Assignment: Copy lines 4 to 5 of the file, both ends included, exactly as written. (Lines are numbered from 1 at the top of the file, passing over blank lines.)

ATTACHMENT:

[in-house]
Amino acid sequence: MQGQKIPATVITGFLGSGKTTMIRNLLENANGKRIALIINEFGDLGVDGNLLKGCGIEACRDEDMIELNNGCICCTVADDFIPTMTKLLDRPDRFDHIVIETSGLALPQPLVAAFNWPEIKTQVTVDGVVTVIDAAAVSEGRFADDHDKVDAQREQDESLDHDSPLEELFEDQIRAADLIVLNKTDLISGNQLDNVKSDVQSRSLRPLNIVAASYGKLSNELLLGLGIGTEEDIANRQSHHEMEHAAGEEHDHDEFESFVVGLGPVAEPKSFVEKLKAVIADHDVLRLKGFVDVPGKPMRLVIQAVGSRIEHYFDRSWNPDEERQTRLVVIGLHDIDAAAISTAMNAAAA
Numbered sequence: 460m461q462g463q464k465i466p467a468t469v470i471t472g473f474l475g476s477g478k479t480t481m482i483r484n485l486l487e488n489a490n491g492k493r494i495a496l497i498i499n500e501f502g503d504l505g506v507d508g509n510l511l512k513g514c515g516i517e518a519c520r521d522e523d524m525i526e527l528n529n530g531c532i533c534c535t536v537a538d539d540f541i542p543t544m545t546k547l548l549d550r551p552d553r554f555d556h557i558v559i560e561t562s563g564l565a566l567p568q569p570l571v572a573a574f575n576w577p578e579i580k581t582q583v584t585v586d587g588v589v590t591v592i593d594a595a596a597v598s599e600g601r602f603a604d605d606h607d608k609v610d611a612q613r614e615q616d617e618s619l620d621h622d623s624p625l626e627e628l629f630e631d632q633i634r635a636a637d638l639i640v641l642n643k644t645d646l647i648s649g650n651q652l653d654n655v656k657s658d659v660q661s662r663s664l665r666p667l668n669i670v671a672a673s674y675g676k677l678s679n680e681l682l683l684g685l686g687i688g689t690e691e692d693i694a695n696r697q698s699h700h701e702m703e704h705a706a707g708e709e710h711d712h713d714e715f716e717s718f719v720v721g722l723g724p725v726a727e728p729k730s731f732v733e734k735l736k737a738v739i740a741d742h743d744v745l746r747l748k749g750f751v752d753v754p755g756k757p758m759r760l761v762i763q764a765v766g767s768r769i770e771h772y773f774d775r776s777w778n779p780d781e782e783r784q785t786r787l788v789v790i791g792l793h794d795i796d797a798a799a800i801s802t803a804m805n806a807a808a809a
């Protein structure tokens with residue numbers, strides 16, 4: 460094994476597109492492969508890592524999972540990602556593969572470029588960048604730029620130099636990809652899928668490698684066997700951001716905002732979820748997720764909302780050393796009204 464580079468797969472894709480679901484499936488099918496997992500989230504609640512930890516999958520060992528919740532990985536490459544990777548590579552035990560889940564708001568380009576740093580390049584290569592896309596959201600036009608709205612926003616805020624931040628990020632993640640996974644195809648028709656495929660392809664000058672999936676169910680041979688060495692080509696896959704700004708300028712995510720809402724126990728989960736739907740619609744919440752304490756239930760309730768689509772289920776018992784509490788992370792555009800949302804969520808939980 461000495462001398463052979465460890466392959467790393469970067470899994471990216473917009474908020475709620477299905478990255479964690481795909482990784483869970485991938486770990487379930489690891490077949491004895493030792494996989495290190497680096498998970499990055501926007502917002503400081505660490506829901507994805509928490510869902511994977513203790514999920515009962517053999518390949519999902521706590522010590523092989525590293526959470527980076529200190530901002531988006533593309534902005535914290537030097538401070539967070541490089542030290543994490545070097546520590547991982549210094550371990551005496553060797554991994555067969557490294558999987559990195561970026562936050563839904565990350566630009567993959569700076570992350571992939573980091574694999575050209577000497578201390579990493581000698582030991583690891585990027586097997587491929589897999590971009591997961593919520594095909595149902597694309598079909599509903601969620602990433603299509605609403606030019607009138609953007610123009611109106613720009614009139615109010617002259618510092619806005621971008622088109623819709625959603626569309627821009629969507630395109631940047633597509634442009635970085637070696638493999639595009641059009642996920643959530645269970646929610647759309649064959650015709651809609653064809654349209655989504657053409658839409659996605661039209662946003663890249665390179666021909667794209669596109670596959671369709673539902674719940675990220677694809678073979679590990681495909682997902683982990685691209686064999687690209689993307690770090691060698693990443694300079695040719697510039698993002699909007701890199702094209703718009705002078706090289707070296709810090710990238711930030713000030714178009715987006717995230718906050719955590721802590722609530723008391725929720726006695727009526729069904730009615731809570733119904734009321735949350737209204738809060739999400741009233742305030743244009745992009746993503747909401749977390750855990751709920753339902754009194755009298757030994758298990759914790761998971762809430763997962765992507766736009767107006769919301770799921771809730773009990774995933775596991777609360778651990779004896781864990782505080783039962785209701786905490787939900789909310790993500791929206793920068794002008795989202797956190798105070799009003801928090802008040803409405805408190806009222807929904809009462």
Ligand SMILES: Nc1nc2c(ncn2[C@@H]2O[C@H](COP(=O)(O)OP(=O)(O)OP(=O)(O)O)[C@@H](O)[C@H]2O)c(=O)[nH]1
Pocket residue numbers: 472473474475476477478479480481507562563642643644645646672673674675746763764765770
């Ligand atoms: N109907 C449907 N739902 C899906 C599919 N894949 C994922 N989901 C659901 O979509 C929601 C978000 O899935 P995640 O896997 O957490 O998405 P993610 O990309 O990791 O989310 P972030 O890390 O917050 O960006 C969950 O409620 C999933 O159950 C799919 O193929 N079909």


């Protein structure tokens with residue numbers, strides 16, 4: 460094994476597109492492969508890592524999972540990602556593969572470029588960048604730029620130099636990809652899928668490698684066997700951001716905002732979820748997720764909302780050393796009204 464580079468797969472894709480679901484499936488099918496997992500989230504609640512930890516999958520060992528919740532990985536490459544990777548590579552035990560889940564708001568380009576740093580390049584290569592896309596959201600036009608709205612926003616805020624931040628990020632993640640996974644195809648028709656495929660392809664000058672999936676169910680041979688060495692080509696896959704700004708300028712995510720809402724126990728989960736739907740619609744919440752304490756239930760309730768689509772289920776018992784509490788992370792555009800949302804969520808939980 461000495462001398463052979465460890466392959467790393469970067470899994471990216473917009474908020475709620477299905478990255479964690481795909482990784483869970485991938486770990487379930489690891490077949491004895493030792494996989495290190497680096498998970499990055501926007502917002503400081505660490506829901507994805509928490510869902511994977513203790514999920515009962517053999518390949519999902521706590522010590523092989525590293526959470527980076529200190530901002531988006533593309534902005535914290537030097538401070539967070541490089542030290543994490545070097546520590547991982549210094550371990551005496553060797554991994555067969557490294558999987559990195561970026562936050563839904565990350566630009567993959569700076570992350571992939573980091574694999575050209577000497578201390579990493581000698582030991583690891585990027586097997587491929589897999590971009591997961593919520594095909595149902597694309598079909599509903601969620602990433603299509605609403606030019607009138609953007610123009611109106613720009614009139615109010617002259618510092619806005621971008622088109623819709625959603626569309627821009629969507630395109631940047633597509634442009635970085637070696638493999639595009641059009642996920643959530645269970646929610647759309649064959650015709651809609653064809654349209655989504657053409658839409659996605661039209662946003663890249665390179666021909667794209669596109670596959671369709673539902674719940675990220677694809678073979679590990681495909682997902683982990685691209686064999687690209689993307690770090691060698693990443694300079695040719697510039698993002699909007701890199702094209703718009705002078706090289707070296709810090710990238711930030713000030714178009715987006717995230718906050719955590721802590722609530723008391725929720726006695727009526729069904730009615731809570733119904734009321735949350737209204738809060739999400741009233742305030743244009745992009746993503747909401749977390750855990751709920753339902754009194755009298757030994758298990759914790761998971762809430763997962765992507766736009767107006769919301770799921771809730773009990774995933775596991777609360778651990779004896781864990782505080783039962785209701786905490787939900789909310790993500791929206793920068794002008795989202797956190798105070799009003801928090802008040803409405805408190806009222807929904809009462």
Ligand SMILES: Nc1nc2c(ncn2[C@@H]2O[C@H](COP(=O)(O)OP(=O)(O)OP(=O)(O)O)[C@@H](O)[C@H]2O)c(=O)[nH]1